The BIG 500 of 2016

 

 

well gang, here we are again, at yet another BIG 500.  Now that isn’t a bad thing.  Most people I know would be surprised to find out that I make stuff –art, if you want to call it that–and that’s  my fault.  Part of that is that is I’ve got no game, no business savvy, no promotion, zip, nada, zilch –I don’t even really talk about it.    The other big part is that I just don’t make a lot of art in a year’s time, so when you put that together, my website is just one “88 STRONG” after another “BIG 500” for the most part.  I get it.  There’s many reasons why this is — none that are great, and none really your business (unless you feel like being my patron, then we can go into details, because someone’s support would be crazy great.  Do patrons even exist?)

I’m going to chat for a minute about this years set for the BIG 500.  This all started out over the summer when a friend of mine was making panels that correspond to the Chakra colors.  I don’t subscribe to the Chakra thing, but seeing panels of bright primary colors rekindled an interest in making colorful abstract pieces.  I dig color theory and abstraction, yet most of my work usually centers around a found image that would be collaged, a story would be created, and while color would play a role, it was the supporting cast.

Color and Pattern can be the story.

Pattern makes me think of quilts, which makes me miss my gramma.  My family isn’t that artsy, so I take note when I hear how my retired dad tinkers in his basement-woodshop making birdhouses, and I encourage mom to sell those Afghans she crochets, and “Like” on FB everything beautiful my distant relative Jan Christensen creates (an amazing photographer), but when I was a kid, the only artsy thing I saw from my family was my gramma’s quilts.  The whole dining room would be taken up with the table-stretcher contraption, so you couldn’t hide it.   Quilting sure as hell didn’t look like it could just be a hobby or something to do when you were bored and cold (my mom’s reply to why she crochets for free), although I bet gramma didn’t make a dime off it either .  Serious craftsmanship and time is put into making good quilts. Taking fragments of colored patterned cloth, cutting them to shape, making whole new patterns.  It’s a beautiful art.  I’ve thought it would be great to learn, but i don’t have the slightest where to start, and I’m sure I don’t have the time or dedication needed.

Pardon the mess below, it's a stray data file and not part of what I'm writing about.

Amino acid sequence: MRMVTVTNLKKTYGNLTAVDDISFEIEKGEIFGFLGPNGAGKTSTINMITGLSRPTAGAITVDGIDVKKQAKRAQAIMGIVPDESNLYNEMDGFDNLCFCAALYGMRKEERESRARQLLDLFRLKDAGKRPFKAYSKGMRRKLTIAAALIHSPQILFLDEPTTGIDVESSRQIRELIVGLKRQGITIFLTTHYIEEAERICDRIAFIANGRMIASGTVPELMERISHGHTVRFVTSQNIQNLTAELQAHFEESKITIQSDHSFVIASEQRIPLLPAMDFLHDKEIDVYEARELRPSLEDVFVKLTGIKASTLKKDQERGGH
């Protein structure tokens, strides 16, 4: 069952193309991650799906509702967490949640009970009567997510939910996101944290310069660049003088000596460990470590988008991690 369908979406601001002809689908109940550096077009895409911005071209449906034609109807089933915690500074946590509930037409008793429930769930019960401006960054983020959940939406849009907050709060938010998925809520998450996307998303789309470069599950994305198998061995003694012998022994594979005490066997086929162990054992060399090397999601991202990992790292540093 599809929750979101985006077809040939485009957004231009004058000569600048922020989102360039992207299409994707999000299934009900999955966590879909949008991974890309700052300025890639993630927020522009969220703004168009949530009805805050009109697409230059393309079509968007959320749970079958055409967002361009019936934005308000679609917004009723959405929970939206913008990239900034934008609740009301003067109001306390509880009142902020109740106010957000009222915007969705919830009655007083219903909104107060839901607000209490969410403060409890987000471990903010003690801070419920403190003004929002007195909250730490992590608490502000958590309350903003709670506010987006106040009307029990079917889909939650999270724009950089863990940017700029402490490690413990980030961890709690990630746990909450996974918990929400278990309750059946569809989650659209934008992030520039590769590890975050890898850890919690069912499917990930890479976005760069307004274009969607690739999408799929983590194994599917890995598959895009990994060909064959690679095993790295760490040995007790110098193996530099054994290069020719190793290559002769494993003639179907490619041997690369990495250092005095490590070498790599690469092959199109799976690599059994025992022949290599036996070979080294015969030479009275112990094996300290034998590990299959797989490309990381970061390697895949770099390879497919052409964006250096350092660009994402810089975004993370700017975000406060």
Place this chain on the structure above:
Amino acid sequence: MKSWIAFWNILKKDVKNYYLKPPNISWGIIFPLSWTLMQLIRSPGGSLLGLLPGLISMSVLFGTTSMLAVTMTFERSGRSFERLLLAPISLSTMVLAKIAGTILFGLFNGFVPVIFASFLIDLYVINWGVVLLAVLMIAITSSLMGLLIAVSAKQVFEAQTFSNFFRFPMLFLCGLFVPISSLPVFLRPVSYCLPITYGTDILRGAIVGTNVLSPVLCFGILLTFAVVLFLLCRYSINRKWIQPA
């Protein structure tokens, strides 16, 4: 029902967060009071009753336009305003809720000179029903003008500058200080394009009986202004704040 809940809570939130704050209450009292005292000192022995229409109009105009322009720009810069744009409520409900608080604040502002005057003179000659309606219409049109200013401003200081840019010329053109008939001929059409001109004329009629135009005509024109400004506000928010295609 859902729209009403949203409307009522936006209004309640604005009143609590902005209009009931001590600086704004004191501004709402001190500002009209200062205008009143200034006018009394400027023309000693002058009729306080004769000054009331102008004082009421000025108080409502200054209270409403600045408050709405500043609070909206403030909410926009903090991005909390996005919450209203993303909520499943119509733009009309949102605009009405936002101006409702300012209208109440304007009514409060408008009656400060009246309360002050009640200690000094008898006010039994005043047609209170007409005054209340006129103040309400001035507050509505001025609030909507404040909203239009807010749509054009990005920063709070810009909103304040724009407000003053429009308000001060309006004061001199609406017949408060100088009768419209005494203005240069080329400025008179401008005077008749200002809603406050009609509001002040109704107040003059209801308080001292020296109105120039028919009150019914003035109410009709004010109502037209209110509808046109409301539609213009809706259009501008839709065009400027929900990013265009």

Around the same time as all the color thoughts were bubbling, I ran across a basic quilting pattern book at the bins.  Now, as of late, I’ve been all about the Gel Medium Transfer technique,  with my newer works building in layers, where one transferred layer sat on/over/through another.  I was inspired –I used one of the patterns, a basic “Columbia Star” pattern, as my drop-in point.  Color, pattern, and a shape, the basic cube, that’s the beginning.  The next part was about slinging paint.

I’d throw paint down,  frisket the panel, cut out my pattern, maybe throw more paint down, maybe gel medium a layer of texture down, and then pull that frisket off, put more down and kept continuing the process.  Then there are a few pieces here which have  no paint-slinging involved, they are strictly just transferred images on top of other transferred images.